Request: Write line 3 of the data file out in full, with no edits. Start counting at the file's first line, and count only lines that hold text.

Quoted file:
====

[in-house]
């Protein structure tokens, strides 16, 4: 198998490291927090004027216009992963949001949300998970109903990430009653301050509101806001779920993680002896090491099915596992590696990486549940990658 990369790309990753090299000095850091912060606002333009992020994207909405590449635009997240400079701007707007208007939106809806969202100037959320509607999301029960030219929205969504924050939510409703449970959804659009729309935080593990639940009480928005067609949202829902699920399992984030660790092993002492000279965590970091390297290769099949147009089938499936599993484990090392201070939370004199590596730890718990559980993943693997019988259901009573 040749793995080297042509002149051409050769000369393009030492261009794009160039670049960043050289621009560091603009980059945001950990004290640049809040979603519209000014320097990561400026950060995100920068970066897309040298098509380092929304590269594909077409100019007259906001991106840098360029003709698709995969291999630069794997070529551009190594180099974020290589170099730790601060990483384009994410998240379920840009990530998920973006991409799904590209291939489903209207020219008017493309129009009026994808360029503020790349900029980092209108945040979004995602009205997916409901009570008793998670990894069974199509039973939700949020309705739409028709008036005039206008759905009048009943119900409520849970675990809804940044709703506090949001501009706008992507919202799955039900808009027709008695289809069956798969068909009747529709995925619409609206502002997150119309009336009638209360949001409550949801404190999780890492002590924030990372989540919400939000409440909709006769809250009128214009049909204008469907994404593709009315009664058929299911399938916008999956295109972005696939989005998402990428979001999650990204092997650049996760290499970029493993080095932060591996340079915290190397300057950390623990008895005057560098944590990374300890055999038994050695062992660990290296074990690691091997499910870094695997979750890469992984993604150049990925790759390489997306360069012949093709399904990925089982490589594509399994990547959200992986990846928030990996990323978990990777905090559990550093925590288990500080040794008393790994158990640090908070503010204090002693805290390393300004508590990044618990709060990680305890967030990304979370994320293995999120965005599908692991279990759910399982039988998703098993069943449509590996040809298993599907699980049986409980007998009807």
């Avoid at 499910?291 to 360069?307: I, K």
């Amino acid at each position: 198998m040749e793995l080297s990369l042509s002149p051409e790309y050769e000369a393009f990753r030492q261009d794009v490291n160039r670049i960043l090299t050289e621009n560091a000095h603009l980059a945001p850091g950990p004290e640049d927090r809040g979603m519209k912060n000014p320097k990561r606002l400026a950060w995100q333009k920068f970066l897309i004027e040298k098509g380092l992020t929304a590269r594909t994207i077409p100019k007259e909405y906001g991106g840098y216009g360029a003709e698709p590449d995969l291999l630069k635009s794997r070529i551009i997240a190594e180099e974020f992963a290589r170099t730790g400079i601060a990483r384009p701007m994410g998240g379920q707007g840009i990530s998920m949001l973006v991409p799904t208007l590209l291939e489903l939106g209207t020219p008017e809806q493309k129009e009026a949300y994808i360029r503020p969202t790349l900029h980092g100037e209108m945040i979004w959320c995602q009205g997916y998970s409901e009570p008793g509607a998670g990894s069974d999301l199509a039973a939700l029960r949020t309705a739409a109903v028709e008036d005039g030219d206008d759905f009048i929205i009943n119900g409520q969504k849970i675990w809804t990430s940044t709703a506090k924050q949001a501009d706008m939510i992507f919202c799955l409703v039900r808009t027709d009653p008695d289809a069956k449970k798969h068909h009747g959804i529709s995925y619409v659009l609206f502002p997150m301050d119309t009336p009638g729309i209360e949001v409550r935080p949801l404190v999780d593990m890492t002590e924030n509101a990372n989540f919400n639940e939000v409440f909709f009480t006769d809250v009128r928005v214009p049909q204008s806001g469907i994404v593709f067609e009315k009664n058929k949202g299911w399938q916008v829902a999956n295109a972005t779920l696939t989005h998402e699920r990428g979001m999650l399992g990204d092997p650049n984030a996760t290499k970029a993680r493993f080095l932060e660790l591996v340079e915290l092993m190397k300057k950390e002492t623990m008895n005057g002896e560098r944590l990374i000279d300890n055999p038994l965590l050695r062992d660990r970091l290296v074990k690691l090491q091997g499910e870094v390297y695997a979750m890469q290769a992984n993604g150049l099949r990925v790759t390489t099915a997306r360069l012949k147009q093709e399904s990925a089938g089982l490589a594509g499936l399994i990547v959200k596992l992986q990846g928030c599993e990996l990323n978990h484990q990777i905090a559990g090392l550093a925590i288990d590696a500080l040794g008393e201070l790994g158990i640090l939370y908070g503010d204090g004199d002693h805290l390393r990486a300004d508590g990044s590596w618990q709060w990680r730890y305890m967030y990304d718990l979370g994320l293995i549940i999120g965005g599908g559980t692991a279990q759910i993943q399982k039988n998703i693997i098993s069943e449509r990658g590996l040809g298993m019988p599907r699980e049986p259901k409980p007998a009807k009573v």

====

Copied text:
């Avoid at 499910?291 to 360069?307: I, K």